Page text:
The Tarai region accounts for about 51 percent of agricultural output, 52 percent of industrial output and 40 percent of services output. It houses about half of the population, which is quite heterogeneous in terms of ethnicity, class, culture, language, literacy, income profile, and employment opportunities. The trade and transportation disruptions in this region have a knock-on effect on production and distribution networks throughout the country. The lack of fuel and cooking gas is crippling household as well as business activities. The uncertainty over market demand and supply has either delayed or destroyed agricultural harvesting, depleting an important source of employment and income source for about 75 percent of the population who depend on agriculture for livelihood.
The blockade-induced shortage of chemical fertilisers is turning fertile agricultural fields into barren lands, and the lack of raw materials and fuel has delayed almost all development projects that are critical to not only accelerate existing economic growth, but also to expand the boundaries of potential growth and employment opportunities. Consequently, for the first time in over two-and-a-half decades, the economy may probably grow at a negative rate. Meantime, prices of general goods and services will stay high, public capital spending may be even lower, more youths may seek employment opportunities overseas, and more households will be pushed below the poverty line.
Finally, there is an institutional shock inflicted by the present government that will probably have far reaching financial and operational consequences. The government is scrambling to contain the fallout of the delayed reconstruction and blockade on the economy and the population. However, without political resolution to the Tarai issue and easing of the blockade, economic recovery is almost impossible. So far, the government’s steps to address these are not up to the mark.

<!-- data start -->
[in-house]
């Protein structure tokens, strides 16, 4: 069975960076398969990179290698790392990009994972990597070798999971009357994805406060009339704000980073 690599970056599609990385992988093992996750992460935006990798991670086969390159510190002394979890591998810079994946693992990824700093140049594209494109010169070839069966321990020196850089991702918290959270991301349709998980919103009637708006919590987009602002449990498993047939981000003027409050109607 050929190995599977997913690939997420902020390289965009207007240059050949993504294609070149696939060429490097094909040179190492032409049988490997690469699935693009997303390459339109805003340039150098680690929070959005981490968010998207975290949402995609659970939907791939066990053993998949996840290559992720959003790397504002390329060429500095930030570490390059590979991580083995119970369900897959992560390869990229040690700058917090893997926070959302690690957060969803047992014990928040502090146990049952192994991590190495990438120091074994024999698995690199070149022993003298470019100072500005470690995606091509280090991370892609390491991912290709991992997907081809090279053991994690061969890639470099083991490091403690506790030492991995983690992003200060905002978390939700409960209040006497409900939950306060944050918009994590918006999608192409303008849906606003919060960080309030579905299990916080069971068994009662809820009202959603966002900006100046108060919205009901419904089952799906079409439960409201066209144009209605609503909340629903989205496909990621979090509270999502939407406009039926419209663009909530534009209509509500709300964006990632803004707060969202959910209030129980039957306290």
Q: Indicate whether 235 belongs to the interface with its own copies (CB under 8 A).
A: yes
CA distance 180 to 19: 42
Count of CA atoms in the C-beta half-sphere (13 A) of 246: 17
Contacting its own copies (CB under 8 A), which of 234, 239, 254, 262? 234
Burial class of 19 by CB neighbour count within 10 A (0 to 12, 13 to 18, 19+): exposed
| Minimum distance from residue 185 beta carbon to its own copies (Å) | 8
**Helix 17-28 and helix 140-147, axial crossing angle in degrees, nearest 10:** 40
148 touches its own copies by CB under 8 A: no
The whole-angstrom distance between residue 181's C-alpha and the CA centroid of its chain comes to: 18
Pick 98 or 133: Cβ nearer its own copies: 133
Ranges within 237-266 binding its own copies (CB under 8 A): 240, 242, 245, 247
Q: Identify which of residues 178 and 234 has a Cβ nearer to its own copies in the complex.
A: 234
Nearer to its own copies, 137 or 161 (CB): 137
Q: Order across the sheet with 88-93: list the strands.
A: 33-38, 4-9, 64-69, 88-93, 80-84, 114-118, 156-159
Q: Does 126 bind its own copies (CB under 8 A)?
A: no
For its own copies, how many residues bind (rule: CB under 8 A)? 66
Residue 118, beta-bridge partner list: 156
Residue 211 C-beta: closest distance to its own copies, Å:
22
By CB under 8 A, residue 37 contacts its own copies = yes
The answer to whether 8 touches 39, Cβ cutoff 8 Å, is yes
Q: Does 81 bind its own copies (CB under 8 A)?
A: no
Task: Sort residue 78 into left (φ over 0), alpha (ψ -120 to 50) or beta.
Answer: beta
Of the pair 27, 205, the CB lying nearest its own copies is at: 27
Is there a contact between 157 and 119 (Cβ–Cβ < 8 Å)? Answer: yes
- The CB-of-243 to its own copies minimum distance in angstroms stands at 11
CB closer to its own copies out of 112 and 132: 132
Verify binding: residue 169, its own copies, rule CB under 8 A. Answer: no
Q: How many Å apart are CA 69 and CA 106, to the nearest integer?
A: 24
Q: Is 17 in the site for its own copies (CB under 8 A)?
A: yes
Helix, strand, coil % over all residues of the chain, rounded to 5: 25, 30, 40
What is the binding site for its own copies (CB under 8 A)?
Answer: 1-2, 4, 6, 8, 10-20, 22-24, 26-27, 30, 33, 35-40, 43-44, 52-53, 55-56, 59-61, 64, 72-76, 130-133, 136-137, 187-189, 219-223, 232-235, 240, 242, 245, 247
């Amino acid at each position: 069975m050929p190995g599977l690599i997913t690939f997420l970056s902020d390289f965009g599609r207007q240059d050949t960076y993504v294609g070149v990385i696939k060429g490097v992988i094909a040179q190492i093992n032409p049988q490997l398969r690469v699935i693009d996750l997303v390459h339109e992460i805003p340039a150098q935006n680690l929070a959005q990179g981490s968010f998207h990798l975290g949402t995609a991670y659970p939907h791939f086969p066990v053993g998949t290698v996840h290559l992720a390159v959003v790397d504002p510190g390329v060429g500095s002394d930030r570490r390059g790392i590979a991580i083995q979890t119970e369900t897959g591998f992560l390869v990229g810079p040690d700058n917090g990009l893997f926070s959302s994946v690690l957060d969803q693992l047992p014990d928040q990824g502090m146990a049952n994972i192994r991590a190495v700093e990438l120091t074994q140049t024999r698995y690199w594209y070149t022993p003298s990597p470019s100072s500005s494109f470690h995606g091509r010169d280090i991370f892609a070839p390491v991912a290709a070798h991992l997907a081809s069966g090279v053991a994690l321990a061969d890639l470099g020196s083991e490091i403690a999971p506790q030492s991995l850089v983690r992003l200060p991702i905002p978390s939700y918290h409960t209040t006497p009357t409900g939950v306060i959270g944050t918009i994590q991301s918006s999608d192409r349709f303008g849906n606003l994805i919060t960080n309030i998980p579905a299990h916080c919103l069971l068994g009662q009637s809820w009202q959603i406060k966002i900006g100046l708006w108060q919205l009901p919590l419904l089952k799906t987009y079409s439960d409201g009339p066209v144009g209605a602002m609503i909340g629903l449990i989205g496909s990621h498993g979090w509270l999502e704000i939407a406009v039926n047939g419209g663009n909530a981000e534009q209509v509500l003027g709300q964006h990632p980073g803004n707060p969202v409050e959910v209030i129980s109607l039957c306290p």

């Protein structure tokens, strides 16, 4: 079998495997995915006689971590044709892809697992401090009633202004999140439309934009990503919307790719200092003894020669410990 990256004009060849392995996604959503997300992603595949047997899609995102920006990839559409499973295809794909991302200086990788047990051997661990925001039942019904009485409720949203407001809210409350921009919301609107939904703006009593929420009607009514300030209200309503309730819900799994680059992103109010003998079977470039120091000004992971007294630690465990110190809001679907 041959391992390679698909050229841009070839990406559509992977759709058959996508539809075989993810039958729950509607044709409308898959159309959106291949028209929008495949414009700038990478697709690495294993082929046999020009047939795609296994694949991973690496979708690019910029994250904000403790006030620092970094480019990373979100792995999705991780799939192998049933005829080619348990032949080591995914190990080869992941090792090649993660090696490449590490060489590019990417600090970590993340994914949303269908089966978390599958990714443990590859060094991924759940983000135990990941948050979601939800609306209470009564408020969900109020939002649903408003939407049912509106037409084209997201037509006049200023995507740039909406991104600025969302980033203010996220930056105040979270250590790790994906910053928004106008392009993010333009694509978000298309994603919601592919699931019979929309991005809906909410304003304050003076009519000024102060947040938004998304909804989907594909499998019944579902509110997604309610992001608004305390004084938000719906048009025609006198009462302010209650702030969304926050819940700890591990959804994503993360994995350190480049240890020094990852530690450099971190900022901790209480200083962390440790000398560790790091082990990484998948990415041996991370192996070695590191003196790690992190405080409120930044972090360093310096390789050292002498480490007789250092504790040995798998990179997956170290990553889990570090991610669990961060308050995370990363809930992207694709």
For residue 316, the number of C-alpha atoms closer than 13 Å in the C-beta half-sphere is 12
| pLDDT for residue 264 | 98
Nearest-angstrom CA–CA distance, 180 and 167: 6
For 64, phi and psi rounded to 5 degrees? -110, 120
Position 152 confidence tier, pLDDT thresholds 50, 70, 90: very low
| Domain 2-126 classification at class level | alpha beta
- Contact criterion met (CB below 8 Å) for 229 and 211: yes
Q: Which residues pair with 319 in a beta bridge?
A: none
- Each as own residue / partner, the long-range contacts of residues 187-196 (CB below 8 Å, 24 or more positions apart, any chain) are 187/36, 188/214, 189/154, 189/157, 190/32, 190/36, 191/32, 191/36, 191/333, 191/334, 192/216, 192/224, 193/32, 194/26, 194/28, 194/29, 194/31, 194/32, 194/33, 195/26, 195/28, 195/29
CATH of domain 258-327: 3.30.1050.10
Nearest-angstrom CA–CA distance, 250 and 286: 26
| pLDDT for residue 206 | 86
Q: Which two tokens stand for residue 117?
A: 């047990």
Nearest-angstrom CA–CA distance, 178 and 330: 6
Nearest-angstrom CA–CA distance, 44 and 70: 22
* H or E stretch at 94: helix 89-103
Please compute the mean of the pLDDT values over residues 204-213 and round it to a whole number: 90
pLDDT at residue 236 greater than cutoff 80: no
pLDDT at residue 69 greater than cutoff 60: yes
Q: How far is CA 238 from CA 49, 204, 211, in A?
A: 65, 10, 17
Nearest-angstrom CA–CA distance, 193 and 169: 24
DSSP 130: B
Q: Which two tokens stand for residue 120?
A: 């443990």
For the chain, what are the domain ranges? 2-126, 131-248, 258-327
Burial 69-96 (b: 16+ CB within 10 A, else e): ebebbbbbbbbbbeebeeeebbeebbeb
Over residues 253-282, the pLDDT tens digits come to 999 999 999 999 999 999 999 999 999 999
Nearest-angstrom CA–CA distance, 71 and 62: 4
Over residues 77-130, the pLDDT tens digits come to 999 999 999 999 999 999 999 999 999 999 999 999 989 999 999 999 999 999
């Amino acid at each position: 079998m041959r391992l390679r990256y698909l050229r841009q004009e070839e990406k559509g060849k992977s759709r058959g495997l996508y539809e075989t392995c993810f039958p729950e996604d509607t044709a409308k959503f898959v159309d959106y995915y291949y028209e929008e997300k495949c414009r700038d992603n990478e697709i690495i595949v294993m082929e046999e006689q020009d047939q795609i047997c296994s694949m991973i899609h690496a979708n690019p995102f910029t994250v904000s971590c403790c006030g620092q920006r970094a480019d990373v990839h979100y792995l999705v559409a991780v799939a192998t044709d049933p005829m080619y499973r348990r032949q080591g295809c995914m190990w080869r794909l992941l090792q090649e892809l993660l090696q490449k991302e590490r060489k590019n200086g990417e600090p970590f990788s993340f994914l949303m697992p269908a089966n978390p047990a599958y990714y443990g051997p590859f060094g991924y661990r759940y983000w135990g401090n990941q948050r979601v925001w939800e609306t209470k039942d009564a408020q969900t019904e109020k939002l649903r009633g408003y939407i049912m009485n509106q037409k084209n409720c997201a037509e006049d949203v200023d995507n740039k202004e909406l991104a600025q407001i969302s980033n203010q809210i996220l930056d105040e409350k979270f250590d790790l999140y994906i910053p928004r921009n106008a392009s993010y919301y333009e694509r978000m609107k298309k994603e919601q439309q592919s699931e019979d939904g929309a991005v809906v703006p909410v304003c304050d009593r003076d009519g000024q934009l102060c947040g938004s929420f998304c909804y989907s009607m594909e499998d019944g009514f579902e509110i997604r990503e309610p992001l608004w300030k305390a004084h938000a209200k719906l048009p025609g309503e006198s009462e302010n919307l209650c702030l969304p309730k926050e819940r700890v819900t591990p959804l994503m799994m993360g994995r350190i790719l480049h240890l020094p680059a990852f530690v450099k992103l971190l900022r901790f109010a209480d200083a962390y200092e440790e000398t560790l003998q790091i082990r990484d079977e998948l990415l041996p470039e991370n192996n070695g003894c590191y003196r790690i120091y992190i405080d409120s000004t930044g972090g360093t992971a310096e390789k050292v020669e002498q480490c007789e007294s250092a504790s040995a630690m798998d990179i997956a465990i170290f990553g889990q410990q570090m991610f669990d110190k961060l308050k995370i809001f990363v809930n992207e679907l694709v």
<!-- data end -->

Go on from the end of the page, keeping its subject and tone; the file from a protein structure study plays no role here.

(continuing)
The rhetoric does not match the unfolding reality. First, the supplies blockade has abetted black market transactions, and distorted household and business incentives. Smuggling and black marketing of goods and fuel are now considered more lucrative than farming and other productive means of livelihood. Cartels, syndicates, unions and lobbyists are running the show more freely than before, affecting decision-making and operations at key state-owned enterprises and in almost all sectors.
Meantime, the prime minister is expanding the Cabinet and hastily dividing ministries in a way that defies logic. These institutionally damaging steps are taken for political survival, which unfortunately has again superseded concerns about the economy, employment and development. Normally, in order to add one more office, a detailed organisation and management survey is conducted and properly vetted at various layers of bureaucracy and government. By ignoring this process and creating confusion in an already lethargic bureaucracy, the government is further weakening its performance, eroding bureaucratic capacity, creating more layers of bureaucratic maze, and affecting public spending and services delivery. It does not bode well for the economy.
Overall, it was a year of triple whammy of delayed reconstruction, supplies blockade and a bad precedent of tinkeringinstitutions for political gains.
Sapkota is an economist
Published: 04-01-2016 08:39